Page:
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Panel Demands New Policy for Police Misconduct Probes

By Judith Scherr
Tuesday May 08, 2007

Charges of misconduct levied against two Berkeley police officers in the recent past spurred a five-member Police Review Commission subcommittee to look at creating more effective police policies. 

Thursday evening the Evidence Theft Subcommittee interviewed Berkeley Police Chief Douglas Hambleton on issues arising from two police misconduct cases: Cary Kent, a former police sergeant, pleaded guilty in May 2006 to felony charges of stealing drugs from the evidence room he was responsible for; and Officer Steven Fleming was charged by the department with stealing money and other items from citizens he arrested. Fleming resigned from the department in February without being charged by the Alameda County District Attorney’s office. 

At the Thursday meeting, subcommittee members—PRC Commissioners Bill White, Sharon Kidd and Sherry Smith, and community members Andrea Pritchett of Copwatch and James Chanin, an attorney and former PRC member—had hoped, in addition to the chief, to interview officers close to the two cases.  

The Berkeley Police Officers Association, however, in a letter to Hambleton threatened to “pursue court action” if officers were required to appear and testify before the subcommitee, linking its objection to a recent case won by the BPA that protects police officer confidentiality in personnel-related issues.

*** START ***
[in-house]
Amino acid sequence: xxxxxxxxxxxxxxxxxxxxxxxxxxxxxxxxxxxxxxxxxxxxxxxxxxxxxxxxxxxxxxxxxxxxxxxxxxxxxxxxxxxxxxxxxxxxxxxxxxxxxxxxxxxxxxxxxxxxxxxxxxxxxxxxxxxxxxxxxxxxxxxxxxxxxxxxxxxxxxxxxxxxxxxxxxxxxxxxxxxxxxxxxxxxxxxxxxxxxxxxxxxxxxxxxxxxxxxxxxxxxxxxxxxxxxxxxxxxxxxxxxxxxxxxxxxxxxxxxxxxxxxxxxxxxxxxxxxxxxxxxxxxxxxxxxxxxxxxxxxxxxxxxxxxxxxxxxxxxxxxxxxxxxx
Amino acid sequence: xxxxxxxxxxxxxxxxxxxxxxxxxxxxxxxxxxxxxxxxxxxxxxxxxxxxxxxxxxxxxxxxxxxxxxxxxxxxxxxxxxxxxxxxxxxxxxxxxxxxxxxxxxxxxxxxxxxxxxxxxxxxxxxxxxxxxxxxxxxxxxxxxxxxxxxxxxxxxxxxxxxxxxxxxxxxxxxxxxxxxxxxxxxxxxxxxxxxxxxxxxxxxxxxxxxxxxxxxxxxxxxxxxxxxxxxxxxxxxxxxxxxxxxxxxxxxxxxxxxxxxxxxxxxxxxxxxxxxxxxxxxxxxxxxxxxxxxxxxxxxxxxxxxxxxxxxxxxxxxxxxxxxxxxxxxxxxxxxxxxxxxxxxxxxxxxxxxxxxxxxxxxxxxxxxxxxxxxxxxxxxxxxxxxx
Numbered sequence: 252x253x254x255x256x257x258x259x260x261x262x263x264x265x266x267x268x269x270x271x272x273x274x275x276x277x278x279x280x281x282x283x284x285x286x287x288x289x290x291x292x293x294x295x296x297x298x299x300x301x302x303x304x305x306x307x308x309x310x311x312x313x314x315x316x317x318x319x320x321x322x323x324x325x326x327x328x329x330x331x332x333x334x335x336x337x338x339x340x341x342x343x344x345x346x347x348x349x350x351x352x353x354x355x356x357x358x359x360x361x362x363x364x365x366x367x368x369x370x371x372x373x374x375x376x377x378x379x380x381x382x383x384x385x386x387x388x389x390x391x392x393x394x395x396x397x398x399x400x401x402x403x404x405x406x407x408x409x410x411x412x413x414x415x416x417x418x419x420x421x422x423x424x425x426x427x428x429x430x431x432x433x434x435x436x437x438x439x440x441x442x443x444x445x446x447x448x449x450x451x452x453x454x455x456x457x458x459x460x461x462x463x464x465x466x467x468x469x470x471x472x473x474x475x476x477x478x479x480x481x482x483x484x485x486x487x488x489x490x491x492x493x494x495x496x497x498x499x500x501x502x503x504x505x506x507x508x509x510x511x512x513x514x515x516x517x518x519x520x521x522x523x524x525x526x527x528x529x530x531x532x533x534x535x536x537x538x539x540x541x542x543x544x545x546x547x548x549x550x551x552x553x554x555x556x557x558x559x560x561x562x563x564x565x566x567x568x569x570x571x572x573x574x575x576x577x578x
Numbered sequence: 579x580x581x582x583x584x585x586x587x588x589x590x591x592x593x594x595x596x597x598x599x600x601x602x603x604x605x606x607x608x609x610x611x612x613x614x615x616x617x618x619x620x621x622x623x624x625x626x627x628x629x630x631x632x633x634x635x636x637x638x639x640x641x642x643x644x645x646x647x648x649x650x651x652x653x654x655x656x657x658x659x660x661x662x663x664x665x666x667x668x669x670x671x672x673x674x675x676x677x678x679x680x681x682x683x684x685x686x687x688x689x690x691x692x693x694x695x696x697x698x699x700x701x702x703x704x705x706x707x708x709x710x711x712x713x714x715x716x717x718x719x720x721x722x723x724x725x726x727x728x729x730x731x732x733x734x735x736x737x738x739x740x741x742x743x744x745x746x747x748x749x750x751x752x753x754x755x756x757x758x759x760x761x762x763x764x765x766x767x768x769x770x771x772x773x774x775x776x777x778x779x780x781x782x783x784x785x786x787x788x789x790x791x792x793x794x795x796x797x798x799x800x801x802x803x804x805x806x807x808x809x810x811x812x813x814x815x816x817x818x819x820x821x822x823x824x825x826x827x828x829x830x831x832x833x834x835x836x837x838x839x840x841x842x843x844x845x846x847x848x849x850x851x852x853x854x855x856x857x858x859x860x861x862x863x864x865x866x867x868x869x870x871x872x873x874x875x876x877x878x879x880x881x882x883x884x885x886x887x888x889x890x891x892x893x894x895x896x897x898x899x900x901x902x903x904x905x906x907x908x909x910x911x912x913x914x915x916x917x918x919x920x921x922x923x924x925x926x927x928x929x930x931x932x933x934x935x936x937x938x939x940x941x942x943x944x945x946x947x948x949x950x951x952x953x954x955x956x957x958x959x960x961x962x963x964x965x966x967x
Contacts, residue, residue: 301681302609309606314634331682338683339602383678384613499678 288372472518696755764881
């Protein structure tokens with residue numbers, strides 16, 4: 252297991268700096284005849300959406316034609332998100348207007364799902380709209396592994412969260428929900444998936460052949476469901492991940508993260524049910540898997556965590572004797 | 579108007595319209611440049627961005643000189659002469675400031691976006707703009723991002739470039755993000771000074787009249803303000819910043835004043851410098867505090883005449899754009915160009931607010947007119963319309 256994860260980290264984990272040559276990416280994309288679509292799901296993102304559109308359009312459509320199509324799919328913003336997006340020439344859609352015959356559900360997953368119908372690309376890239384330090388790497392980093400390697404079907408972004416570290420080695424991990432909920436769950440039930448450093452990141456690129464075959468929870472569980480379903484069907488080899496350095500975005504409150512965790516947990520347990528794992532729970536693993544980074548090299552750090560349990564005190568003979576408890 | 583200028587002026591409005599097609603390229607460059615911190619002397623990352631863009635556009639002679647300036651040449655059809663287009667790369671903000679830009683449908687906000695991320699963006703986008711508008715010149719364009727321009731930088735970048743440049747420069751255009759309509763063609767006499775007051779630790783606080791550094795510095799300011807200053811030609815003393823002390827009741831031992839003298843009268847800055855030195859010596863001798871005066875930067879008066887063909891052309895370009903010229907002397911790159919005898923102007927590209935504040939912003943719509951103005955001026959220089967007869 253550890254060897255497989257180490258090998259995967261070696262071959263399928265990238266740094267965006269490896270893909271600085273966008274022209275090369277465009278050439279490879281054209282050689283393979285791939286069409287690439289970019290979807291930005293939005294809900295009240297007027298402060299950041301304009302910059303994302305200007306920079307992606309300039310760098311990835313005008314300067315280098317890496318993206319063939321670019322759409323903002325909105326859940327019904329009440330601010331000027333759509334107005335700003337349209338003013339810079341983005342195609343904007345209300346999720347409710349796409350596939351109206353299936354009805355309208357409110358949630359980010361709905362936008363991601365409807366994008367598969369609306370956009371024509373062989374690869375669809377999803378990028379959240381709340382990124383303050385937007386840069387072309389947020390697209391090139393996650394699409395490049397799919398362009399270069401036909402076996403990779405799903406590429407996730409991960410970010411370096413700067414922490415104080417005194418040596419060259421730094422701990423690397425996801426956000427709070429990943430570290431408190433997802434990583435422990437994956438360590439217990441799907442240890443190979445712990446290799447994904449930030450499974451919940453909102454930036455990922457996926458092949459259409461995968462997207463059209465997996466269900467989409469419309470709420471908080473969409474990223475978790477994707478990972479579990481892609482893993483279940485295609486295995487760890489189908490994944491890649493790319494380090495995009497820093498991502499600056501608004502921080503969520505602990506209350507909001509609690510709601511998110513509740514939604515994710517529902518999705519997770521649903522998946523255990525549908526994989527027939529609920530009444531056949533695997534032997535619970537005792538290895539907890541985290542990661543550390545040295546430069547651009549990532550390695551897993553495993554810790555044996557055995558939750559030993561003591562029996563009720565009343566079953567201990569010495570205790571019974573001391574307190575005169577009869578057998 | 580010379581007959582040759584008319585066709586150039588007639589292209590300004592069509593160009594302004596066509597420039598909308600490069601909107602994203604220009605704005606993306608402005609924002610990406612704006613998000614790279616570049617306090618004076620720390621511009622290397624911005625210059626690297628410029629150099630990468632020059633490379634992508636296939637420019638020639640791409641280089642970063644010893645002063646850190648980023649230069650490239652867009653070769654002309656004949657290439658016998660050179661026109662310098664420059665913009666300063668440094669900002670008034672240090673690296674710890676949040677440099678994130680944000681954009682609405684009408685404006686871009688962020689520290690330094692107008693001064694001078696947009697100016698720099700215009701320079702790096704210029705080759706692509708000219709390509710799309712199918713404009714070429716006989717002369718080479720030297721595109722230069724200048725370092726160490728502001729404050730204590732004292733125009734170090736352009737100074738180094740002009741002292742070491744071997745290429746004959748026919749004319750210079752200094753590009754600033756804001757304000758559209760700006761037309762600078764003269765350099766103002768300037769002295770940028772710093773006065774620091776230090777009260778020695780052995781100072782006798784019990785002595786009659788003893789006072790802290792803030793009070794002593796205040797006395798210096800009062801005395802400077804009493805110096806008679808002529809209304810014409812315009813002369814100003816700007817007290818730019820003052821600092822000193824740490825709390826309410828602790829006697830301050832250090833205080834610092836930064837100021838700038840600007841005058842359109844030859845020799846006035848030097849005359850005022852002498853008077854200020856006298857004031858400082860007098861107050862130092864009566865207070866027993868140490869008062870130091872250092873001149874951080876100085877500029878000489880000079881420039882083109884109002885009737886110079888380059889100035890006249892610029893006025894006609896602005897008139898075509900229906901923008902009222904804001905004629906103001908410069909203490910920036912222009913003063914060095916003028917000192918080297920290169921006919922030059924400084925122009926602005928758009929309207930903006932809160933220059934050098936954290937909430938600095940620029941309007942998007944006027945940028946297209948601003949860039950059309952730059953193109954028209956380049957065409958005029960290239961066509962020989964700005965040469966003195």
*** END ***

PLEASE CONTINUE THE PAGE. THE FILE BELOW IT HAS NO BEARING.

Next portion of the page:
Questioning the blue line 

One question Chanin asked went to the heart of the problem in the Kent case: why did various officers recognize a problem with their fellow officer but not report it? The 900-page Internal Affairs report, made public after Kent pleaded guilty to felony charges, documents through interviews with numerous officers that many realized there was something amiss with Kent more than two years before charges were brought against him. He was unkempt, performed duties late, was at the station at odd hours of the day, slept at his desk, isolated himself and more, according to the report.  

Some officers mentioned their concerns to colleagues, and a few mentioned the problems to commanding officers, the report said. 

“Are officers trained to tell their supervisors when they see an officer is unable to perform his or her duties?” Chanin asked the chief. 

“I don’t think there’s a specific training on that—no,” Hambleton responded. 

“Are there any policies to report any officers they believe are unable to perform their duties and responsibilities?” Chanin asked, and the chief said there are not, although, while the policy is not in writing, he expects supervisors to recognize problems and follow up. 

When it was her turn to question the chief, Commissioner Smith pursued the issue of inadequate supervision. “The lack of written policies has allowed for so much leeway in your written policies that the results seem to be a complete failure of supervision,” she said. 

Smith went on to query the chief about disciplining supervising officers. “I would be curious to know if anyone had been disciplined because of failure to adequately supervise,” she said. 

Hambleton declined to comment, citing the letter from the BPA attorneys that cautioned against discussing issues in public that touch on personnel issues. 

Along the same line of questioning, subcommittee members wanted to know whether there are policies targeting officers who are late. Interviews by the Internal Affairs Department showed that Kent was consistently late for meetings or did not come to them at all, and was late in distributing drug evidence to officers who needed it in court or was not there at all to distribute it.